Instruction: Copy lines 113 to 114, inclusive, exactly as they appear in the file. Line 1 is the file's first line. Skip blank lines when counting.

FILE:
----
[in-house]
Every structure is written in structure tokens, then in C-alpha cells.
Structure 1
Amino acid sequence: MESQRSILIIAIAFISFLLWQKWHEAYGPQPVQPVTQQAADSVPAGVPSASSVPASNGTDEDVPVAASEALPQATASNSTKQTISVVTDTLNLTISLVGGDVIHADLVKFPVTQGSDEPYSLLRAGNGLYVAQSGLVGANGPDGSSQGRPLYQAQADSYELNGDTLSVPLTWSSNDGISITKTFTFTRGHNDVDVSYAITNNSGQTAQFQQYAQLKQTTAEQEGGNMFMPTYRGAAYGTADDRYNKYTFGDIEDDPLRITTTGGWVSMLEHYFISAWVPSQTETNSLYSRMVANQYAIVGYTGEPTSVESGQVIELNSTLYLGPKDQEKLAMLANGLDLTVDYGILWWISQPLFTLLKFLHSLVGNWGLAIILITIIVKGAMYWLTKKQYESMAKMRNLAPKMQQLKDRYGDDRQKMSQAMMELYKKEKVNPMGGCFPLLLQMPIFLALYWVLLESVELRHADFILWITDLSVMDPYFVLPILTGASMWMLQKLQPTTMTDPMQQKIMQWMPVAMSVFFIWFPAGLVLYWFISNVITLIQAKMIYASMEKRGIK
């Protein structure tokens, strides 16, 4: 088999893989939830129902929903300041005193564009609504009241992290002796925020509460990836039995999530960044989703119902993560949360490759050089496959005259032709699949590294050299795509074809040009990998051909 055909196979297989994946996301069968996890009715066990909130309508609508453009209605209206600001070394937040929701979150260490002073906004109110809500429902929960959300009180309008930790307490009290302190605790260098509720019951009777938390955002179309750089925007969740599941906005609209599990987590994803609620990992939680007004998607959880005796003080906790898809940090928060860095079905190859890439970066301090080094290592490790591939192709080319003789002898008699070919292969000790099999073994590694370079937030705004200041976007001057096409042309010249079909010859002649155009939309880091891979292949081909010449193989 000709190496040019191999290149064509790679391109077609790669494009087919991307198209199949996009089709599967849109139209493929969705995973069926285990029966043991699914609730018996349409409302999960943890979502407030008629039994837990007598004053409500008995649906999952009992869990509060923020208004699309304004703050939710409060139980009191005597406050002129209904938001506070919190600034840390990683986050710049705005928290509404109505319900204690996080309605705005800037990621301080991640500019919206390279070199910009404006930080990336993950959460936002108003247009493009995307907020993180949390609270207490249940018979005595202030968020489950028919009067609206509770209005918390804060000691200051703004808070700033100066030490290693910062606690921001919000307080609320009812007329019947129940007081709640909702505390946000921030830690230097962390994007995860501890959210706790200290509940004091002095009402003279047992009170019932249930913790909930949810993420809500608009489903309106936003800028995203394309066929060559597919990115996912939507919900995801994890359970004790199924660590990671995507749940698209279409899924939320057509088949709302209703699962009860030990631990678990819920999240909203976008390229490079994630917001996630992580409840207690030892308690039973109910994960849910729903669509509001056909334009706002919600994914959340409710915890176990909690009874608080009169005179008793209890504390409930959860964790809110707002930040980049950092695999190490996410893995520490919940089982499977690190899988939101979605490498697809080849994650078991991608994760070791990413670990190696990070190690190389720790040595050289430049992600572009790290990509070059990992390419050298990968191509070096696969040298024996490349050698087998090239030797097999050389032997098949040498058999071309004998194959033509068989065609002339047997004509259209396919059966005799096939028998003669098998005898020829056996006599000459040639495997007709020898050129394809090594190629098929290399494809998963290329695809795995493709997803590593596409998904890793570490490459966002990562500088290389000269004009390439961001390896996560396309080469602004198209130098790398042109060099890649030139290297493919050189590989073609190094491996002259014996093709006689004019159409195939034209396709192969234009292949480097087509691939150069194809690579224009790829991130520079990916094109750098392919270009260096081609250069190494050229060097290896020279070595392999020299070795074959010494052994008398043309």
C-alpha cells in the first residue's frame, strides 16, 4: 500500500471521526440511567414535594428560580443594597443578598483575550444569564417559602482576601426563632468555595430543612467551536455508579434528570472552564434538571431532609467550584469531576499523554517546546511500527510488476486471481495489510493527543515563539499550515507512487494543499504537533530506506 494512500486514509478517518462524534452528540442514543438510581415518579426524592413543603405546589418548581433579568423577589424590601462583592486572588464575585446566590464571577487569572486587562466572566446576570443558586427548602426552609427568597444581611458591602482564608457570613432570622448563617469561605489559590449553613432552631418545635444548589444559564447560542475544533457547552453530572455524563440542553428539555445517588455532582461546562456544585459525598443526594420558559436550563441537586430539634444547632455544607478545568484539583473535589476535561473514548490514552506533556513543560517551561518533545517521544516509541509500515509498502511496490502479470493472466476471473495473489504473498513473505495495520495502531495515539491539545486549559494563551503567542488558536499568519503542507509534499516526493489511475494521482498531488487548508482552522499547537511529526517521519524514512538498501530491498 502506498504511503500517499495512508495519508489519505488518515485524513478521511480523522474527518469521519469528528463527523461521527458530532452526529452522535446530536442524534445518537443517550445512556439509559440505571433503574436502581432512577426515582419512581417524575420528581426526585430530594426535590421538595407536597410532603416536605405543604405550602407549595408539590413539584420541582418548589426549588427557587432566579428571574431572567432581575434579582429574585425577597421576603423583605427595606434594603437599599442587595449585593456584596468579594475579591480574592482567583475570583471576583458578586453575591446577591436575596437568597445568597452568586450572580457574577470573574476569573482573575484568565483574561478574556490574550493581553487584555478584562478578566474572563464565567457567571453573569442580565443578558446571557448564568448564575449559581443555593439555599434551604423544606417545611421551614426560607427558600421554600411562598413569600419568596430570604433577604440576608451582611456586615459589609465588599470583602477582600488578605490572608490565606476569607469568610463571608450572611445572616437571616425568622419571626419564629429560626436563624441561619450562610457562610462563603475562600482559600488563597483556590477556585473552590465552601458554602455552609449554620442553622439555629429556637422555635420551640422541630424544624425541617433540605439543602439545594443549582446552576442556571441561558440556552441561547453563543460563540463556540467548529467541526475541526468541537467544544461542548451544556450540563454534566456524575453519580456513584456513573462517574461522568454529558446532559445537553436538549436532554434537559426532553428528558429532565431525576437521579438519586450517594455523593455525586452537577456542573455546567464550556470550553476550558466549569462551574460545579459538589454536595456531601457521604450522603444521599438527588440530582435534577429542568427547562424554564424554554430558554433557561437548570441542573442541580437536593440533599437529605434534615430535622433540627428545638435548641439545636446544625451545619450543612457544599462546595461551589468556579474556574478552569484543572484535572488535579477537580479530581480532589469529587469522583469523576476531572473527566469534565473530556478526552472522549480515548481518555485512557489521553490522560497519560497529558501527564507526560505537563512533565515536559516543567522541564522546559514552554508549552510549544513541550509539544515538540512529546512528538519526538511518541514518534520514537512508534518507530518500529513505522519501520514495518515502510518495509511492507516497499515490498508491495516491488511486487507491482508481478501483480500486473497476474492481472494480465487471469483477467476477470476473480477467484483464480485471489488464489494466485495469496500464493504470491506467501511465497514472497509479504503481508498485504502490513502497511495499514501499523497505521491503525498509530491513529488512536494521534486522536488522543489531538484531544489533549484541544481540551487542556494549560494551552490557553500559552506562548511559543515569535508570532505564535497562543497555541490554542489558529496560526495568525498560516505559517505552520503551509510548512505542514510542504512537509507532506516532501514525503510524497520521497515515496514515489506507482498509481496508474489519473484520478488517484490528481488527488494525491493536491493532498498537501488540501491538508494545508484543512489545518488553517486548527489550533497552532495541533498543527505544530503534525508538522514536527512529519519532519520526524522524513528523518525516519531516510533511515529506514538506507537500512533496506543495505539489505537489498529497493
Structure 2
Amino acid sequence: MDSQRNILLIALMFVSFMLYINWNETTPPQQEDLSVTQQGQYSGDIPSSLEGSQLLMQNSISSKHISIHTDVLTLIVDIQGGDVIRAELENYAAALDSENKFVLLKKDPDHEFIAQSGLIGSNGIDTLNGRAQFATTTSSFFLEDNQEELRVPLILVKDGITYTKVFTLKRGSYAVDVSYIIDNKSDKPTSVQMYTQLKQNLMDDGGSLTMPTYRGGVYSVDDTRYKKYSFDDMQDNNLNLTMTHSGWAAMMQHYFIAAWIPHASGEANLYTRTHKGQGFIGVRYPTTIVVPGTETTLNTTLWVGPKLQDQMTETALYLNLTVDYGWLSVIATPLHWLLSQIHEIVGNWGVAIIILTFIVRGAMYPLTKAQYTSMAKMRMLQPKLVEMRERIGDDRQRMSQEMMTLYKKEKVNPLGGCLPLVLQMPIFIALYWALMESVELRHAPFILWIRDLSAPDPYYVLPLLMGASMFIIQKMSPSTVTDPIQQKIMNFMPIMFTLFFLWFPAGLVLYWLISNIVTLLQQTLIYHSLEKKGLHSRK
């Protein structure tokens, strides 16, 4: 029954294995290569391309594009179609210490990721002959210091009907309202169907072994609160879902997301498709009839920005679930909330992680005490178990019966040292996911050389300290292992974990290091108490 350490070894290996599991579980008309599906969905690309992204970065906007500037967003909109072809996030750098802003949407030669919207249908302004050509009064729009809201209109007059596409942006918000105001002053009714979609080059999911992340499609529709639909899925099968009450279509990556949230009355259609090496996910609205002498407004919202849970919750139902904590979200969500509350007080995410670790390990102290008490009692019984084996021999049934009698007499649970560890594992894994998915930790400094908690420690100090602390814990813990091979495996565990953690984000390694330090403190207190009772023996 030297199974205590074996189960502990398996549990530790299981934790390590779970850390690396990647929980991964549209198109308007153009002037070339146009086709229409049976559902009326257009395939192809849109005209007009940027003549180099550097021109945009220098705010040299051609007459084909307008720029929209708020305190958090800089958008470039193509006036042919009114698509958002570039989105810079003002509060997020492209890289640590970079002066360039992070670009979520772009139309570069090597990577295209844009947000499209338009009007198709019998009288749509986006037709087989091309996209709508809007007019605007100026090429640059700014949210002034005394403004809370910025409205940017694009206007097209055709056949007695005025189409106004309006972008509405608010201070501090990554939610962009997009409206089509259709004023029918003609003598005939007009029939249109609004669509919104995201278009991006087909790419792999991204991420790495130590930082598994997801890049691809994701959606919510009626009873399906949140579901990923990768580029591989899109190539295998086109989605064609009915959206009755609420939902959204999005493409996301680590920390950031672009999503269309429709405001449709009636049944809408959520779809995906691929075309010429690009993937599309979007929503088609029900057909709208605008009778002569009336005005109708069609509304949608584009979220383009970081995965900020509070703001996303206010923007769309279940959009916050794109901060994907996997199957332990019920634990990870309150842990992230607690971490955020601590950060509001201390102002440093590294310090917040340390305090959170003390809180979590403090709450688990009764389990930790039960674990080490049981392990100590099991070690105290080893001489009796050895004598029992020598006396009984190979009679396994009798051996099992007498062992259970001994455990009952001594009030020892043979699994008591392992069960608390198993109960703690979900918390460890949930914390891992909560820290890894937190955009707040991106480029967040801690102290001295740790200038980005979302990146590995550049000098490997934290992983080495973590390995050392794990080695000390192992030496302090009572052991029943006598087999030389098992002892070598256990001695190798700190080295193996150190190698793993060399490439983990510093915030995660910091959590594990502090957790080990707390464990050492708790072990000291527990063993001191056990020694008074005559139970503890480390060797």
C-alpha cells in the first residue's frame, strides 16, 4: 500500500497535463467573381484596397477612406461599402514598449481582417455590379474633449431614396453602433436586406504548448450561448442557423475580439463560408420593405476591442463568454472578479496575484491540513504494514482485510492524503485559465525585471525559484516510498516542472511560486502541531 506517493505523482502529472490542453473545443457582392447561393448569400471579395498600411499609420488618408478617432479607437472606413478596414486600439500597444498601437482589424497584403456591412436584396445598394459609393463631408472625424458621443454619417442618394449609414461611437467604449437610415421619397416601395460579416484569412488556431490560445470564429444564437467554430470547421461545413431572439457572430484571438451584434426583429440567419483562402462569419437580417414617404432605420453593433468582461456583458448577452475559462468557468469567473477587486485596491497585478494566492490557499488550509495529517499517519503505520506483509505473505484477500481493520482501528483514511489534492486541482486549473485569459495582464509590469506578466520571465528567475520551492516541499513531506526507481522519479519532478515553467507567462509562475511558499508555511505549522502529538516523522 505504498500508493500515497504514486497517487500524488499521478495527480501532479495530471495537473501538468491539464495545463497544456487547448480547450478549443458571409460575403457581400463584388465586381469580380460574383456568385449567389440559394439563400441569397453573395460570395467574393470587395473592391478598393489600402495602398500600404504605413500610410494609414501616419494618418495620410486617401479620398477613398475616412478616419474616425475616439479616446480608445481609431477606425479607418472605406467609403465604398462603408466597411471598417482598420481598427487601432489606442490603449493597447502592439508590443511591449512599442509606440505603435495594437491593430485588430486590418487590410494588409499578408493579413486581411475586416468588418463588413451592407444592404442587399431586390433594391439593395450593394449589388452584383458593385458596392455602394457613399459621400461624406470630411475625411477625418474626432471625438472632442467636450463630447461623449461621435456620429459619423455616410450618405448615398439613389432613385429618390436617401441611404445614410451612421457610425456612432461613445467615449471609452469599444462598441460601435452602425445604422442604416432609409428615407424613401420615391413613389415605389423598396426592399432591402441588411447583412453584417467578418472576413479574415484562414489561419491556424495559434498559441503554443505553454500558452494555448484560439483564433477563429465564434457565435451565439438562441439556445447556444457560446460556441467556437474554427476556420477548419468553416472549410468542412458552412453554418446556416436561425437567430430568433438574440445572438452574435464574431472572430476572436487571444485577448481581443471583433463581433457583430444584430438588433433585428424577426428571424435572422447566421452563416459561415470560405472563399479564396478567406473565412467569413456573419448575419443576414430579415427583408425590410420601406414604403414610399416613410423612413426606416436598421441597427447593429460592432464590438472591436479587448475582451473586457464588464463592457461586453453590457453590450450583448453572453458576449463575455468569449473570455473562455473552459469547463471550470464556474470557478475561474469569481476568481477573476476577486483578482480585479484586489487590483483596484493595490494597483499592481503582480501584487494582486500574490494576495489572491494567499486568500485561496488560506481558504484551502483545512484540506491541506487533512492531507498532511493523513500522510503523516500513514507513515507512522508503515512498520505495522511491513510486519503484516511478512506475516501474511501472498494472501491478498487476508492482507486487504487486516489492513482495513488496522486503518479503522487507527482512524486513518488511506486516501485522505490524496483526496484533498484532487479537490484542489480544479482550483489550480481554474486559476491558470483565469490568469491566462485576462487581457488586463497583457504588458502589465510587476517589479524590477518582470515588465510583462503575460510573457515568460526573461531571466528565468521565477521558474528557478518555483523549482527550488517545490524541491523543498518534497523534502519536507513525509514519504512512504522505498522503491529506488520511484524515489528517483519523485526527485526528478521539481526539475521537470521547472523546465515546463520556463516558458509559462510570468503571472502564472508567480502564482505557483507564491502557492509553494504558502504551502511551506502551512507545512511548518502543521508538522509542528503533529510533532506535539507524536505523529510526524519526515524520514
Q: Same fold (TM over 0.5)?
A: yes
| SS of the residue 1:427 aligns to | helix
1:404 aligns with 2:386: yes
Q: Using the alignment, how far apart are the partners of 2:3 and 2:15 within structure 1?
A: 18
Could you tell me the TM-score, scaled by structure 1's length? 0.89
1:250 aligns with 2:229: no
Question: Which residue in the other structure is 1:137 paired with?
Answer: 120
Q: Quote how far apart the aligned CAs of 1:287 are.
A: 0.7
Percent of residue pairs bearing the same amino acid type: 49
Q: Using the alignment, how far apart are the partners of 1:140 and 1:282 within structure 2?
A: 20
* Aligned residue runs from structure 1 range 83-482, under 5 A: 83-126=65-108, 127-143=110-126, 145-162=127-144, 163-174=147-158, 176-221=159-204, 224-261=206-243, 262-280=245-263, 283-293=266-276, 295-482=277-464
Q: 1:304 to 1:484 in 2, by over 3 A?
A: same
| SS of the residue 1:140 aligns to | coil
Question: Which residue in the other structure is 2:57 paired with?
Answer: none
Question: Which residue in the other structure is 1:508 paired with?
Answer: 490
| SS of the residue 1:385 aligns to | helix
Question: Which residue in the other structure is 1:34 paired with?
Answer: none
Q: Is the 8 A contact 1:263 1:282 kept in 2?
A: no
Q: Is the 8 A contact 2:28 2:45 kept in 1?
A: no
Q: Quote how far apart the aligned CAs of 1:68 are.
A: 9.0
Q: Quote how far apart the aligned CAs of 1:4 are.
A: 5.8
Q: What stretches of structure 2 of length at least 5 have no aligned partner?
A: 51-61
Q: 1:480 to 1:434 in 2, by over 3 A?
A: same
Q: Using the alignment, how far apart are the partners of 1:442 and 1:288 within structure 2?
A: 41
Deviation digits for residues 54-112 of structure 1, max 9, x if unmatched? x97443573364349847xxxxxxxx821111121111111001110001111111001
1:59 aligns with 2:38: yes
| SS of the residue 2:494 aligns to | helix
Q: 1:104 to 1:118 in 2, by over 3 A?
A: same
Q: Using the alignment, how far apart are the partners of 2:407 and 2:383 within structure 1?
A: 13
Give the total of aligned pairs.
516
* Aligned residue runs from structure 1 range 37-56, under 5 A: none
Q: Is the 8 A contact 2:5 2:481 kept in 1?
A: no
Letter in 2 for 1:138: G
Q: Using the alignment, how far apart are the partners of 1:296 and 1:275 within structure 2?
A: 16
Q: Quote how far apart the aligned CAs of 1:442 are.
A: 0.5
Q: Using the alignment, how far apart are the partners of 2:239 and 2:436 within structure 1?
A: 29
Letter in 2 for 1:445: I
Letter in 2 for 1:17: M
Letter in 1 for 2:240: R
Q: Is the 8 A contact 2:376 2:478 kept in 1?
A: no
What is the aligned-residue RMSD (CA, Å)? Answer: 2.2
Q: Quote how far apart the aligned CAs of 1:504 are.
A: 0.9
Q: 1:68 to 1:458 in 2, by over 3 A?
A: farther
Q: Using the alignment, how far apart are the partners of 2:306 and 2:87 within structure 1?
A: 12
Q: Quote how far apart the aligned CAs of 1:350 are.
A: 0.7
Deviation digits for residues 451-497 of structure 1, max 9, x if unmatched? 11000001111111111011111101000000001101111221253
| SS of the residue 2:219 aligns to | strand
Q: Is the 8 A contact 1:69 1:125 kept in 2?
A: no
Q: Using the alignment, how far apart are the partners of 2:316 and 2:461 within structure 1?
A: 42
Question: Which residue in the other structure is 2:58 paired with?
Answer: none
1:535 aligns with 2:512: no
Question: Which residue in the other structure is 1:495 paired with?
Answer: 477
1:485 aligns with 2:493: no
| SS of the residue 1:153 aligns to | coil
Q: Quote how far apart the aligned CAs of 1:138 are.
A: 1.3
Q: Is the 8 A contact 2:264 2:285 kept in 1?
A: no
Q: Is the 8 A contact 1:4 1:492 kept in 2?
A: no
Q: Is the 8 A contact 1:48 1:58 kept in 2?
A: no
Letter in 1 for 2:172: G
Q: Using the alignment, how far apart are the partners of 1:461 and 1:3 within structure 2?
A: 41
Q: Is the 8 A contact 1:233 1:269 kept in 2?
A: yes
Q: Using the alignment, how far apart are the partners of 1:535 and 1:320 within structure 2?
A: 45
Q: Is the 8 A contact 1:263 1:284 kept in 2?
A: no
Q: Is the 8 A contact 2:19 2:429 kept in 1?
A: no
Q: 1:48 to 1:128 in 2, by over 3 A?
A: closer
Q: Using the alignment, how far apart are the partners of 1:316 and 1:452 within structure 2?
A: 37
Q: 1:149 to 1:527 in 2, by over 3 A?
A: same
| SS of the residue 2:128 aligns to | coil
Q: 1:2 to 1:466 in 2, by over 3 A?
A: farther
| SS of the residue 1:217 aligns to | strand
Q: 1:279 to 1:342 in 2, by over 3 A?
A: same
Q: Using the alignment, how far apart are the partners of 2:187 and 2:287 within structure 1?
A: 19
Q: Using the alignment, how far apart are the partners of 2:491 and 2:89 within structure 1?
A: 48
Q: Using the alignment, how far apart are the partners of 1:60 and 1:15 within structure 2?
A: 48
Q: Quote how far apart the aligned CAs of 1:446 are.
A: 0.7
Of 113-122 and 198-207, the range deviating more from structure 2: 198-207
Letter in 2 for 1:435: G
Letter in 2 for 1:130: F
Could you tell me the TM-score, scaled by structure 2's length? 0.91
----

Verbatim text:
A: no
Q: Is the 8 A contact 2:19 2:429 kept in 1?